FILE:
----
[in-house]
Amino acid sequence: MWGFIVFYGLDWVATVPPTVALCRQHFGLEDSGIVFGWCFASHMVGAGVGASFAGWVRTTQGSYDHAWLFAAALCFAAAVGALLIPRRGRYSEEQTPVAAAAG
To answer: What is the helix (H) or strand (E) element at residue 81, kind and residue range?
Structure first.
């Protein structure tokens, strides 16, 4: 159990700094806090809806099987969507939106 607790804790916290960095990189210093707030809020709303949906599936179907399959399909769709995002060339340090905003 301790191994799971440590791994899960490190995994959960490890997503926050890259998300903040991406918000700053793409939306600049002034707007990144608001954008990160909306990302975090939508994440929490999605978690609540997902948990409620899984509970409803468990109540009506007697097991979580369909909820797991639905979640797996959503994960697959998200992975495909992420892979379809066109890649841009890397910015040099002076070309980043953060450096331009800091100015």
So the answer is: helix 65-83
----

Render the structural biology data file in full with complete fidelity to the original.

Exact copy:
[in-house]
Amino acid sequence: MWGFIVFYGLDWVATVPPTVALCRQHFGLEDSGIVFGWCFASHMVGAGVGASFAGWVRTTQGSYDHAWLFAAALCFAAAVGALLIPRRGRYSEEQTPVAAAAG
To answer: What is the helix (H) or strand (E) element at residue 81, kind and residue range?
Structure first.
């Protein structure tokens, strides 16, 4: 159990700094806090809806099987969507939106 607790804790916290960095990189210093707030809020709303949906599936179907399959399909769709995002060339340090905003 301790191994799971440590791994899960490190995994959960490890997503926050890259998300903040991406918000700053793409939306600049002034707007990144608001954008990160909306990302975090939508994440929490999605978690609540997902948990409620899984509970409803468990109540009506007697097991979580369909909820797991639905979640797996959503994960697959998200992975495909992420892979379809066109890649841009890397910015040099002076070309980043953060450096331009800091100015």
So the answer is: helix 65-83